The 2016 Gwangju World Web Content Festival kicked off on June 23. Under the slogan “Web people, roar into the world,” the festival lifted its curtain in and around the Asia Culture Center in Gwangju. The festival consists of three main parts: the Imagination Web Dream Site; the Creative Play Zone; and an Exhibition & International Conference.
A special one-episode online drama “Once Upon a Time in Gwangju” was even specially produced for the festival, and it was aired to mark the start of the festival’s four-day run.
The festival started off in earnest with an international conference that brought together experts and representatives from both domestic and overseas businesses and academic bodies specialized in the production of online content, including Google and Naver and online content production firm Bigfrog. The talks ran under the theme “The Era of Mobile – Revolution of Web Content,” and participants shared their thoughts on four subjects: the revolution of online content; the Chinese internet in the “Black Hole, China’s Content Big Bang” seminar; web formats; and, lastly, the future of multi channel networks (MCN) and Korea-created online content.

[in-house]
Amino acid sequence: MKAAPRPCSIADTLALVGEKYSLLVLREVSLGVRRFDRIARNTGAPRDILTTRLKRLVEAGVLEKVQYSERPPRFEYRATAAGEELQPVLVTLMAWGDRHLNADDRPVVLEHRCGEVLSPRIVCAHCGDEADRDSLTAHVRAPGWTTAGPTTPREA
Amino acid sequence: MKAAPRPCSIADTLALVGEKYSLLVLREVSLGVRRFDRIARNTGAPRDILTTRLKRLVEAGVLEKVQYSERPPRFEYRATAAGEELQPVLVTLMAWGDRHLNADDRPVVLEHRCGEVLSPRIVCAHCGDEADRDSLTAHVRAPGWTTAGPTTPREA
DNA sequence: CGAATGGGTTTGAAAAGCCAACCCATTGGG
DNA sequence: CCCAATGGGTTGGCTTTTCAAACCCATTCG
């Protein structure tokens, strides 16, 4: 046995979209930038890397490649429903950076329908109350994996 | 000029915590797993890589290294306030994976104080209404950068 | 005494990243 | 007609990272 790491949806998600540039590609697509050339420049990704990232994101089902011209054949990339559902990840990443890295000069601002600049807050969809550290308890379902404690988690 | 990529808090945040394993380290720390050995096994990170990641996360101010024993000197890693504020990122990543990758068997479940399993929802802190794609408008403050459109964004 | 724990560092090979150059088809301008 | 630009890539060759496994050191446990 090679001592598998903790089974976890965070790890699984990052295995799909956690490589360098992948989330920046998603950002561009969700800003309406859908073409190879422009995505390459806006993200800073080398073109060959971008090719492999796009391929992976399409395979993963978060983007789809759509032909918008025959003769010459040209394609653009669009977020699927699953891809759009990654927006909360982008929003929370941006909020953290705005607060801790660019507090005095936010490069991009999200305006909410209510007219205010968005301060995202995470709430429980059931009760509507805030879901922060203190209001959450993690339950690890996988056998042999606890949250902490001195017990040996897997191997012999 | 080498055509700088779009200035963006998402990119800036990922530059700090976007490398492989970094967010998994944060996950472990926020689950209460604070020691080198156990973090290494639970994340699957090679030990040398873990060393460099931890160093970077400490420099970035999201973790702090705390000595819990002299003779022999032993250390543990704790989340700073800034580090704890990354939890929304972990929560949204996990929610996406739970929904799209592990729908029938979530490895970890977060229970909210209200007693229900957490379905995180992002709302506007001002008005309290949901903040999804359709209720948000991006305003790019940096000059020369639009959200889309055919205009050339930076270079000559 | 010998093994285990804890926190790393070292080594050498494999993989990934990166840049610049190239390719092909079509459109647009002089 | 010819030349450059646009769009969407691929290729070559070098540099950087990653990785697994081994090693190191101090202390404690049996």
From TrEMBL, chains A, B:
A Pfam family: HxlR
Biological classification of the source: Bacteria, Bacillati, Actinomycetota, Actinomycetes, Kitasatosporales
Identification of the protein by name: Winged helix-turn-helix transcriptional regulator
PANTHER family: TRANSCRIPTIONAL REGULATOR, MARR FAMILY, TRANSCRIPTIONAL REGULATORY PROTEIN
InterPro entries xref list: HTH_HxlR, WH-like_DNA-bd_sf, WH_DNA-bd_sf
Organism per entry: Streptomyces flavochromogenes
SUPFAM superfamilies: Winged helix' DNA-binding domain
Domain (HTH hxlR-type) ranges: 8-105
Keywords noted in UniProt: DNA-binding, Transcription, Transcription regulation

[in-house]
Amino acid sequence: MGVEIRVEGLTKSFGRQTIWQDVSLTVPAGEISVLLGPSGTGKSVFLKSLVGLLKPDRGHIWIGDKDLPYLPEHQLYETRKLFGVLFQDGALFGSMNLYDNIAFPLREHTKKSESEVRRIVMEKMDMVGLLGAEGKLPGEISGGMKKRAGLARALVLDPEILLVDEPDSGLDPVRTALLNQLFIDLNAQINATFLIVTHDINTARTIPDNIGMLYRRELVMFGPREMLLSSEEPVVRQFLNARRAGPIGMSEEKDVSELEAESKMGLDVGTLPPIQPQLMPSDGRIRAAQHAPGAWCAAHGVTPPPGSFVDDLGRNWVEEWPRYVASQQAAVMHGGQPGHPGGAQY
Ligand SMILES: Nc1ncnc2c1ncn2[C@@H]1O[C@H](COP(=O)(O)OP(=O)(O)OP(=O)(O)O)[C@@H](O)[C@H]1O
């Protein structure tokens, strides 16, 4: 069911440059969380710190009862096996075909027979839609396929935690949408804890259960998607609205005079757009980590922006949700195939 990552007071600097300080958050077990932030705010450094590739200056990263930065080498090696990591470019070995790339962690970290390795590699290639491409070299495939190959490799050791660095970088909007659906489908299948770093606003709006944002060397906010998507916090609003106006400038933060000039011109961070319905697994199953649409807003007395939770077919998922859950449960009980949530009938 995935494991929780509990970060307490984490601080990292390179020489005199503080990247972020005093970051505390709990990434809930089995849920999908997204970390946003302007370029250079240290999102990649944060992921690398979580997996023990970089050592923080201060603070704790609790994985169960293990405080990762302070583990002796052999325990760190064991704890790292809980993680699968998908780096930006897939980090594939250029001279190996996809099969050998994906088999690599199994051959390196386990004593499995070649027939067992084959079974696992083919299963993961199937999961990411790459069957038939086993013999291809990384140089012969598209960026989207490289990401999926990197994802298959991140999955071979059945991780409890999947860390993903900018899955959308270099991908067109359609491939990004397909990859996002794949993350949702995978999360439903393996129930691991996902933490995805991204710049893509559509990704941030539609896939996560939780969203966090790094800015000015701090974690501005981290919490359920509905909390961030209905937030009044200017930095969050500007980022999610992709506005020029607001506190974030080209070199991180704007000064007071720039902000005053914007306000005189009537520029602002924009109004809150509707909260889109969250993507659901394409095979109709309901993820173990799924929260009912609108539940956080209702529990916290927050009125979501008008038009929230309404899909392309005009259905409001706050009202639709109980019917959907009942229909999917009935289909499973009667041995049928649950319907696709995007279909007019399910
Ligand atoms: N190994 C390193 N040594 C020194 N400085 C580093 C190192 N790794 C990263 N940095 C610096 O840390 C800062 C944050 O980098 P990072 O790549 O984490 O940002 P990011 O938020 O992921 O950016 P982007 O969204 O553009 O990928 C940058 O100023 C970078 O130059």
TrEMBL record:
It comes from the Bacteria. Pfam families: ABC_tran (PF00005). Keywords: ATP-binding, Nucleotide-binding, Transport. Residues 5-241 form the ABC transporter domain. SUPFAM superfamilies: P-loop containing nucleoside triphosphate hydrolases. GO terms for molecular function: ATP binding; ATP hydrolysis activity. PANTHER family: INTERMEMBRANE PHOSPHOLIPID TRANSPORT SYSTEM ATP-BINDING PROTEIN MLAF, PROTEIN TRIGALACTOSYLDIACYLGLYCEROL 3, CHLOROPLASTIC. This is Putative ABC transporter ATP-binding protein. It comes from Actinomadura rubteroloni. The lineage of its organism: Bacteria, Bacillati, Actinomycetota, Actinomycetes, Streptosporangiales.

The festival will continue until June 26 and will reveal a new world of creative content. A total of 23 teams of creators and 48 businesses from video games, cosmetics and the cooking industries will meet with future creators, as well as those who want to learn more about these industries. There will be talks and mentoring events, too. In particular, the creators will share their stories of how they began in the industry, what they experienced during their activities, and share their secrets to producing great content.
Bigfrog, the first online-only drama and soap opera production company, has also set up a “Creation Factory” where visitors can have some hands-on experiences in producing online TV shows, or can be turned into a soap opera character themselves. Creators there will demonstrate exactly how their creations were made.
There will be performances, exhibitions and one-on-one business consultation sessions, too. The consultation meetings will welcome investors and production companies from China, Malaysia and other Asian countries, allowing them to share information about content production and business with their Korean counterparts.
“Online content, what we call a combination of various societies, cultural technologies and knowhow, is a new growth engine for the future,” said Kim Taek-hwan, president of the festival’s organizing committee. “This festival gives a glimpse into the rapid changes that have been made in the content industry and its environment. In particular, this festival brings together well-known content creators, and they’ll give the best advice they can to promising future creators,” he added.
By Sohn JiAe
Korea.net Staff Writer
Photos: Jeon Han, Korea.net Photographer